Felicia the Ferret

Admin June 17, 2013 0

From the dictionary: A ferret is a domesticated, albinistic, red-eyed form of the polecat; employed in Europe for hunting of rabbits in burrows. Usually 21-23 inches long, five inches tall.

Felicia Ferret emerging from a 300-foot long vacuum pipe at the NAL. The tiny animal wears a special harness to which is fastened a string which she pulls through the pipe. Workmen can then fasten a swab to the string which when also pulled through the pipe, cleans out unwanted construction particles. Aug., 1971 (Photo by Tim Fielding, NAL)

Felicia Ferret is playing an important and little-known role in construction of the Meson Laboratory at NAL. She is not on the NAL payroll nor on Social Security, but her activities are saving scores of man hours and getting a difficult job done quickly.

In the construction going on at the Meson Lab, there developed a need several weeks ago to swab out stray steel particles from the long lines that must be spotless for the elementary particles that will zoom through them in a few months. During the design process, Wally Pelczarski, designer in the NAL Main Ring Section, was given the job of designing a mechanical ferret that would be the “meson-cleaner”.

Felicia Ferret emerging from a 300-foot long vacuum pipe at the NAL. The tiny animal wears a special harness to which is fastened a string which she pulls through the pipe. Workmen can then fasten a swab to the string which when also pulled through the pipe, cleans out unwanted construction particles. Aug., 1971 (Photo by Tim Fielding, NAL)

In a conversation with Robert Sheldon, the innovative Briton who first suggested that discarded beverage cans be used in designing the geodesic dome near the Neutrino Lab Building, Pelczarski accepted Sheldon’s suggestion that live, rather than mechanical, ferrets be used.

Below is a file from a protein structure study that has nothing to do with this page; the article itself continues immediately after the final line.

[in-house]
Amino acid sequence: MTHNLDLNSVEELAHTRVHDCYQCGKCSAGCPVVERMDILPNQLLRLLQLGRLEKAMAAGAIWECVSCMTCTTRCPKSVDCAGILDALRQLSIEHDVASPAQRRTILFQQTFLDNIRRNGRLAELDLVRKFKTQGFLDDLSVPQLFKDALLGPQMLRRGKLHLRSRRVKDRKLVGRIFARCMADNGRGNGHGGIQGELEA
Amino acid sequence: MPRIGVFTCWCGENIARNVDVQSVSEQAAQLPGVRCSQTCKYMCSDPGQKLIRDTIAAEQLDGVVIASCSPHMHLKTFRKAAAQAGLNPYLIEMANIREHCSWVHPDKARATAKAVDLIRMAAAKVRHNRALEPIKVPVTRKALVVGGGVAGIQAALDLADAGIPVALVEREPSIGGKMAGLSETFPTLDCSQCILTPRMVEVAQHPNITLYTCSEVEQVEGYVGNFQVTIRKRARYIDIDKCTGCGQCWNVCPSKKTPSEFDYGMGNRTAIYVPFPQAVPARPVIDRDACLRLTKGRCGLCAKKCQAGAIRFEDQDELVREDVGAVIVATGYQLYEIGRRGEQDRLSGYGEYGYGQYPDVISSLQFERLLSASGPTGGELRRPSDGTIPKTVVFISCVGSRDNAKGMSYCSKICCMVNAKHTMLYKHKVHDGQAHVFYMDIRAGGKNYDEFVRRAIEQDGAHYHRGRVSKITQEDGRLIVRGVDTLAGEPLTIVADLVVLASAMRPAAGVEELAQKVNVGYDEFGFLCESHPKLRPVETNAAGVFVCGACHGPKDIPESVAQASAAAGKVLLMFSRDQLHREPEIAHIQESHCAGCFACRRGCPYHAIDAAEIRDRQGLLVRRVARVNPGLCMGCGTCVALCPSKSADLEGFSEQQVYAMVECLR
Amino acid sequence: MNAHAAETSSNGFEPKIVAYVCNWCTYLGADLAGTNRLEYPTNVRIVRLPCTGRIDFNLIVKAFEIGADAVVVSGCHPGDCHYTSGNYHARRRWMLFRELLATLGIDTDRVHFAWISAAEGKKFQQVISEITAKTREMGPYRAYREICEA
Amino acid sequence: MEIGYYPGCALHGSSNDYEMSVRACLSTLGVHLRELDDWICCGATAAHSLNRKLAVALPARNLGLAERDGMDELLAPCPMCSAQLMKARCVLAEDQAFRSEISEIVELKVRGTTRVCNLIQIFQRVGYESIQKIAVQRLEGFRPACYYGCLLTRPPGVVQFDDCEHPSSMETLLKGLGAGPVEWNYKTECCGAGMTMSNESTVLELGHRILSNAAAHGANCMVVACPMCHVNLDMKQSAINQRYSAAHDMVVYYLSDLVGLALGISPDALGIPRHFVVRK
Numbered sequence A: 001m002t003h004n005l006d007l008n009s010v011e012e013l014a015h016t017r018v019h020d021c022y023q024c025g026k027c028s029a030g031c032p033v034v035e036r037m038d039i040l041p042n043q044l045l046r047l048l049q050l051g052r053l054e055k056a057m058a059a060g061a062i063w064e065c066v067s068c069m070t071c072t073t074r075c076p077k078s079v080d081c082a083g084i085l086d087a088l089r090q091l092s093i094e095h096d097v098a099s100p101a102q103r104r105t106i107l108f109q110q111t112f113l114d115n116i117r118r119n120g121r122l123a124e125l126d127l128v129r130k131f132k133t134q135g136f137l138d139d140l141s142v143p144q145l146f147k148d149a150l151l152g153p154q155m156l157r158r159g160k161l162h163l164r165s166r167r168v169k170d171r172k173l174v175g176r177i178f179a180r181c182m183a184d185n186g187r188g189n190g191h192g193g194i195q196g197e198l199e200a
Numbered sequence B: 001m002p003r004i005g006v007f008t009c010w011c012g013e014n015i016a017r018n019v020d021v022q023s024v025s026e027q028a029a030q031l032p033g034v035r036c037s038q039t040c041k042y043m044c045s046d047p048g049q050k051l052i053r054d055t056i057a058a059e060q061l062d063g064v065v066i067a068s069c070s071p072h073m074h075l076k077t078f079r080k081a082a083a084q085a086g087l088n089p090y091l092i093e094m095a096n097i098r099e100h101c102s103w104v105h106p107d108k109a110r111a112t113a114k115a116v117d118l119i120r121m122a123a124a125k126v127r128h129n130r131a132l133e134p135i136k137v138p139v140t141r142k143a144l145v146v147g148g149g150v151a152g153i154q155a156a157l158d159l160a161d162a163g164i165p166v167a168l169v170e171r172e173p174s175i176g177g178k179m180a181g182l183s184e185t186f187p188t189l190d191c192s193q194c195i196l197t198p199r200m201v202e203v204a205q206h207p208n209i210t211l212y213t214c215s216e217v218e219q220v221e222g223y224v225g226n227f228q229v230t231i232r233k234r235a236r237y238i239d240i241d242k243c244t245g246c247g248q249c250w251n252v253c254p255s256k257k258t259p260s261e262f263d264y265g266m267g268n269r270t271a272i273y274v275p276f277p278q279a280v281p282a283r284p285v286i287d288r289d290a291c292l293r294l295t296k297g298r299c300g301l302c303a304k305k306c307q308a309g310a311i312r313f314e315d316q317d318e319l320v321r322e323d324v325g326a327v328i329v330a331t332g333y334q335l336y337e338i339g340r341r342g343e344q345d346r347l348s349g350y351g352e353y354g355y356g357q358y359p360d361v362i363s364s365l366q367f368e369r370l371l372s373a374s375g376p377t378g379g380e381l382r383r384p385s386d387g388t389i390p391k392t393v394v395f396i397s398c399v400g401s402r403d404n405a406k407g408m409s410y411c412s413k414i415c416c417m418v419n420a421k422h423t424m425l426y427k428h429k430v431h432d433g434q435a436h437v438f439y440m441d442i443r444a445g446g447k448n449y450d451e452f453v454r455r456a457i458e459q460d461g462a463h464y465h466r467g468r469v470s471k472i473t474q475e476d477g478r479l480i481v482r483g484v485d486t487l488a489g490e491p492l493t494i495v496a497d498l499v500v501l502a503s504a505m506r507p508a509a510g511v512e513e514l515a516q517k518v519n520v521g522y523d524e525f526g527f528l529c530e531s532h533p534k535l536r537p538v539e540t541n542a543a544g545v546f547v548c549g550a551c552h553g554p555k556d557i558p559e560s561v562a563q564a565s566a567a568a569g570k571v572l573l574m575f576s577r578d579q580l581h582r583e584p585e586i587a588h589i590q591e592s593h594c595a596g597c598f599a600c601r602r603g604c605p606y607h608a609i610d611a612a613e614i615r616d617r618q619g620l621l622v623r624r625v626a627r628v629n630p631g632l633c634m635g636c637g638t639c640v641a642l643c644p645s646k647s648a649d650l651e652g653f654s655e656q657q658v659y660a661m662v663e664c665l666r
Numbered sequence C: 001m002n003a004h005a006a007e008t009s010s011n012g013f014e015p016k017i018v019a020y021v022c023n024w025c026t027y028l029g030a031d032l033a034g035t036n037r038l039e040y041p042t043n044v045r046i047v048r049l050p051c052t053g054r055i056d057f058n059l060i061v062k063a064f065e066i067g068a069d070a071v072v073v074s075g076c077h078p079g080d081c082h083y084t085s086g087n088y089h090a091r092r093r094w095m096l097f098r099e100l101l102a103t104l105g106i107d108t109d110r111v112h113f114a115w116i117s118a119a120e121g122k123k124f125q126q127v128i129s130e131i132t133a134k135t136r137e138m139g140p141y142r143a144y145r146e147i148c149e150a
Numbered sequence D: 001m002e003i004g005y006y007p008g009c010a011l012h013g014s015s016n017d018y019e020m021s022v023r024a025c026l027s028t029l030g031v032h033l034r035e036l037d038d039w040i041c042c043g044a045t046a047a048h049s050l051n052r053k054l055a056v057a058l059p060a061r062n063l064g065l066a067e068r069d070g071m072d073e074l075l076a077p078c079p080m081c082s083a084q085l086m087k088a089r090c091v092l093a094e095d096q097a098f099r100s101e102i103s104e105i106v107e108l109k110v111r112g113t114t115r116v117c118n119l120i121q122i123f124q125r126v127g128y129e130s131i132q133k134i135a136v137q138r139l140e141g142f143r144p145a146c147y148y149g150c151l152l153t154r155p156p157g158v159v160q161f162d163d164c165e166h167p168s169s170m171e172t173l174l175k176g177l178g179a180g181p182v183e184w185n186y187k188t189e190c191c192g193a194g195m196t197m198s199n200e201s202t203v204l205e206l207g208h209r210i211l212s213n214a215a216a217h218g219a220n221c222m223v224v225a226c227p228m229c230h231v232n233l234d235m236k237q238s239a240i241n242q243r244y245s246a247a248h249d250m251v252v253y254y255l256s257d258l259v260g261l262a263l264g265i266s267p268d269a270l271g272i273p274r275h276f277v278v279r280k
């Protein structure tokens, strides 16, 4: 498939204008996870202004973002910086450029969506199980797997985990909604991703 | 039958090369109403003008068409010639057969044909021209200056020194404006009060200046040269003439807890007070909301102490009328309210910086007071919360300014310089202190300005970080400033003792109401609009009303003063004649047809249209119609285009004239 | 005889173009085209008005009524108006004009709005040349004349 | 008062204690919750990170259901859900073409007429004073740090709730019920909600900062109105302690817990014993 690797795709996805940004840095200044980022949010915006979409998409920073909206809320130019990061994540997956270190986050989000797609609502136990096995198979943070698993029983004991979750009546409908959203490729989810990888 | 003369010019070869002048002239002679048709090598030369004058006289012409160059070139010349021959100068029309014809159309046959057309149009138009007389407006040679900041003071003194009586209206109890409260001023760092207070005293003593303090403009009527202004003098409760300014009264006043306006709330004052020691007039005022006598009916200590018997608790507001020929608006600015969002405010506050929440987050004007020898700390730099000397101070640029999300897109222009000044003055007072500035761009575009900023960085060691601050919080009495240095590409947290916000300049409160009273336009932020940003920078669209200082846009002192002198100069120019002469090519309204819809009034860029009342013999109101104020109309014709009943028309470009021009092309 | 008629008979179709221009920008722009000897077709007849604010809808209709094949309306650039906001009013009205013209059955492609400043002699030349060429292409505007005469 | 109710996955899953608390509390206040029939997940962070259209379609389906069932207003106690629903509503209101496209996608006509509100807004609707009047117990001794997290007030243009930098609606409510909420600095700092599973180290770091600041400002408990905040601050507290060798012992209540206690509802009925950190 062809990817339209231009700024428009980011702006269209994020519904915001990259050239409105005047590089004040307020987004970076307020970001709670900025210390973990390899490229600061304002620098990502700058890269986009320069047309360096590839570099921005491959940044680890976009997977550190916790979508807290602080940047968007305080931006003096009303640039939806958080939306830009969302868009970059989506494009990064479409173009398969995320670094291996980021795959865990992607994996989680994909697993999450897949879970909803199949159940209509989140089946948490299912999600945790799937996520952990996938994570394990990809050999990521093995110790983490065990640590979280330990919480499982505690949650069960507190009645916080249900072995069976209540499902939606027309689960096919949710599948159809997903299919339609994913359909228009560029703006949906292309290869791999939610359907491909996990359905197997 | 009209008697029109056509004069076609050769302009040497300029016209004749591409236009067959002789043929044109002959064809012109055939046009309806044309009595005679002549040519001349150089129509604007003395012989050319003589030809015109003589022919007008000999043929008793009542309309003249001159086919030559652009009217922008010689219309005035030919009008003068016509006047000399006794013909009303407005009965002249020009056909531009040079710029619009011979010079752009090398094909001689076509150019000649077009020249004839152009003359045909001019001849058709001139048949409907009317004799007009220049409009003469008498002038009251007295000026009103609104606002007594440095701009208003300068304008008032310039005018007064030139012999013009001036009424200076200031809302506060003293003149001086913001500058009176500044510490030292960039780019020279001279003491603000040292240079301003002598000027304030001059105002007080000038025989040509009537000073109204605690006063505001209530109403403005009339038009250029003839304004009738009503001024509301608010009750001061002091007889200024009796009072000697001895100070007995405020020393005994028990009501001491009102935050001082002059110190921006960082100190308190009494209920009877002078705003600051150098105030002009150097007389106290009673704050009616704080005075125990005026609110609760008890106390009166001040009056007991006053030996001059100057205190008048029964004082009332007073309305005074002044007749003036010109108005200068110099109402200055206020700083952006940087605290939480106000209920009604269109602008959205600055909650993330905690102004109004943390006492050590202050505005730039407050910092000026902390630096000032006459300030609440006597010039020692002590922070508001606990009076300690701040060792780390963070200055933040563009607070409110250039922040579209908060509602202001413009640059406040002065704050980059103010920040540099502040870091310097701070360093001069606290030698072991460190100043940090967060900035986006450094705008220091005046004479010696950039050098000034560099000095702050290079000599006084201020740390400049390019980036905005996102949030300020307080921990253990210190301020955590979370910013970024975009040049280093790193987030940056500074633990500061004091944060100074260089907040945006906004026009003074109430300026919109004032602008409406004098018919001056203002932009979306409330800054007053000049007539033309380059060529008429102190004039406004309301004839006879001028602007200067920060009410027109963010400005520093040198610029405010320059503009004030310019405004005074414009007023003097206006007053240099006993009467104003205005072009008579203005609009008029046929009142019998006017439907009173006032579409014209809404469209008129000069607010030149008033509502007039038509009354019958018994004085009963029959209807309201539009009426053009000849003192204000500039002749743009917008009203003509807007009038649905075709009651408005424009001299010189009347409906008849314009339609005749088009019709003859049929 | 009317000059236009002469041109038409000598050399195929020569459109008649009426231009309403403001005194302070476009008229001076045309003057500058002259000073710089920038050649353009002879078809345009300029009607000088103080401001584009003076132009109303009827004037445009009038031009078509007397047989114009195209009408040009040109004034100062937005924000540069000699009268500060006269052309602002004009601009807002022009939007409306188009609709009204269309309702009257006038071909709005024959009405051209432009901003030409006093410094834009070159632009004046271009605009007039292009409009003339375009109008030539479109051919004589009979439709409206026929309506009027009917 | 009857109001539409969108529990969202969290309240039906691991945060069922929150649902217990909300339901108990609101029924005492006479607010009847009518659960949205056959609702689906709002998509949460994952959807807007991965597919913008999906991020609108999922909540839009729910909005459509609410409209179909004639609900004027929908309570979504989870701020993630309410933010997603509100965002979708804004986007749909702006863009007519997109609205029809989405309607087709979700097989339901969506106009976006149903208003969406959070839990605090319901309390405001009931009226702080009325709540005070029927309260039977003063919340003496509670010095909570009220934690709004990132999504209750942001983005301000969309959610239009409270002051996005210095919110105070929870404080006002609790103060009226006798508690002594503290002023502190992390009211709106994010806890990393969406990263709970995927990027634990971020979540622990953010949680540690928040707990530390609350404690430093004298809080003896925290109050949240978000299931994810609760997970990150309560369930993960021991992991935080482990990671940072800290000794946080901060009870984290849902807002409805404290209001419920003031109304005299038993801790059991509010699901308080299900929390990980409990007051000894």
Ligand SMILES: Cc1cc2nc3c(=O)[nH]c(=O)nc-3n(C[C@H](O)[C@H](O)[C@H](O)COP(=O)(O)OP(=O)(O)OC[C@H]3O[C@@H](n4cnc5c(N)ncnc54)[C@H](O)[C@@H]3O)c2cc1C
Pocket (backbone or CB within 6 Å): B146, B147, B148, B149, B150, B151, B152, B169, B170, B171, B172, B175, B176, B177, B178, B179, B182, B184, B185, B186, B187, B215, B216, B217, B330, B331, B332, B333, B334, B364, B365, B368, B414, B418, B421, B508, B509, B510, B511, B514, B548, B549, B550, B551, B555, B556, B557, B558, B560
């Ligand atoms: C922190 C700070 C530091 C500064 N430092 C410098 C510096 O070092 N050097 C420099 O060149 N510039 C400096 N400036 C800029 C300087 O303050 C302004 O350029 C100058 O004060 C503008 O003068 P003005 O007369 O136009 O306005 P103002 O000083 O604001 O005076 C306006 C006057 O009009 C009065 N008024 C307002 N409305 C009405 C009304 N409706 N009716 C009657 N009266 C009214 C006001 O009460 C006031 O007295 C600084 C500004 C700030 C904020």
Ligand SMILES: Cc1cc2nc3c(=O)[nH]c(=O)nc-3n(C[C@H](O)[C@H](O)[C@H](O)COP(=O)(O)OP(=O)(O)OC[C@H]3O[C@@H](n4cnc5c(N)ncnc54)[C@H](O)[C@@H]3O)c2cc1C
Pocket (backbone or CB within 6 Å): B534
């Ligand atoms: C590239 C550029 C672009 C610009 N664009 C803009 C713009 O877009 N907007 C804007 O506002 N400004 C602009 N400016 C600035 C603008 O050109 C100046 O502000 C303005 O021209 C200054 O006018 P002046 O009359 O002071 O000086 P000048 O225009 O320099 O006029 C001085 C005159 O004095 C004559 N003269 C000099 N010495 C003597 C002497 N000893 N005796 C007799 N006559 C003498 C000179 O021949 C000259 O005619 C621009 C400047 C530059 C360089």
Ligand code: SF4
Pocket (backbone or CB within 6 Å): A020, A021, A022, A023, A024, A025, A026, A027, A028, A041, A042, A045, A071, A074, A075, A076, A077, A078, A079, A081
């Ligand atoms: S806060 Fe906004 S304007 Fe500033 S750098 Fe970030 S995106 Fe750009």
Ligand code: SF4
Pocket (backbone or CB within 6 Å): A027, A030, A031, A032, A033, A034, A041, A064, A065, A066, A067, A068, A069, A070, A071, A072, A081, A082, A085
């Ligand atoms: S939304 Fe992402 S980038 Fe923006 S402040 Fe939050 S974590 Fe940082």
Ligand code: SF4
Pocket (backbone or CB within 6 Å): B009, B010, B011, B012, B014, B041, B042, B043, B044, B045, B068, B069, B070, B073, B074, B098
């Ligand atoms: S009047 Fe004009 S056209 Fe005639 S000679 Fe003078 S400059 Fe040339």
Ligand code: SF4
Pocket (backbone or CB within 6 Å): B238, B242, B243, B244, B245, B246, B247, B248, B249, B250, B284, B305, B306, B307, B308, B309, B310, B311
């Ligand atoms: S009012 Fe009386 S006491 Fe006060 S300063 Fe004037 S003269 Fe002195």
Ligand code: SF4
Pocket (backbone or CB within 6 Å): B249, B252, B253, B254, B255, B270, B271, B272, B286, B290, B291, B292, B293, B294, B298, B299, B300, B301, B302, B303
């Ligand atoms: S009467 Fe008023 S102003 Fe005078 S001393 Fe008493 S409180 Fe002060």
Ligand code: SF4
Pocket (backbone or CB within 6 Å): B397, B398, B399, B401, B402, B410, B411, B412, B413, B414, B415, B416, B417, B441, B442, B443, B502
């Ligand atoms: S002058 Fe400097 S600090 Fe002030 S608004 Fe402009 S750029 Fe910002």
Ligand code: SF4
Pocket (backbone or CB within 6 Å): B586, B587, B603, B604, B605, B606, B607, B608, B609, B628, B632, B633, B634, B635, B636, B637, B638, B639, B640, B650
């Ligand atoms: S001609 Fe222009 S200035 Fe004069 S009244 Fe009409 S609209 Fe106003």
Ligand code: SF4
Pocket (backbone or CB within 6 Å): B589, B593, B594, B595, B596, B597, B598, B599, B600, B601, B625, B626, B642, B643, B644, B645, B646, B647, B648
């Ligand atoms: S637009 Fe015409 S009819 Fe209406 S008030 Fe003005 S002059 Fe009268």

So, Pelczarski arranged for the Wild Game and Fur Farm in Gaylord, Minn., to send him the smallest ferret it had on hand. Back, via a special shipment, came Felicia, about 15 inches long, or about 15 per cent smaller than her male counterpart. Felicia cost $35, but has saved NAL hundreds and perhaps even thousands of dollars.

The tiny ferret was chosen because it is known as an observant, curious animal whose hunting instincts make it seek out holes and other items. It also has been used extensively for rat extermination. The first ferret was brought from Africa to Europe several hundred years ago. And the first ferret is reported to have reached the United States in 1875.

Felicia can go through rectangular tubes one and three-eighths of an inch by four and seven-eighths of an inch; holes that are only slightly larger than the size of her head. So far, Felicia has made three 300-foot runs through Meson vacuum pipes that are only 12 inches in diameter. She is scheduled to make nine more “house-cleaning” runs through the Meson vacuum lines in the next few months.

Felicia Ferret

 

A specially-made collar placed around Felicia’s neck carries a string or lightweight rope. The ferret then pulls the string through the pipe. To the end of this string, workmen fasten an appropriate swab which is then pulled through the pipe by the workmen. After that, the vacuum pipe is clean and free of unwanted scrap particles.Felicia Ferret investigates the boundaries of one of here latest runs, the opening in a vacuum pipe in the Meson Lab. She will draw the string held by Wally Pelczarski (designer in the Main Ring Section) through the vacuum pipe so that a swab can be attached and also pulled through, cleaning out unwanted construction particles. August 1971 (Photo by Tim Fielding, NAL)

Felicia’s diet is similar to that of a mink. Some of her food has been obtained from a mink farm in nearby suburban Winfield. Mainly, her diet consists of chicken, chicken livers, raw meat, fish heads, etc. She is also very fond of ordinary hamburger.

Says Don Richied, Meson Lab technician: “Felicia has saved me a lot of time and effort. We’ll use her over and over again and perhaps other sections in the Laboratory can put her to work for them as time goes by.”

So, it’s back to nature for science at NAL. The animal head count now includes buffalo, cattle, sheep, ducks — and a ferret. Can you ferret that?

 Source: Fermilab 

For more on Felicia the Ferret: http://history.fnal.gov/felicia.html

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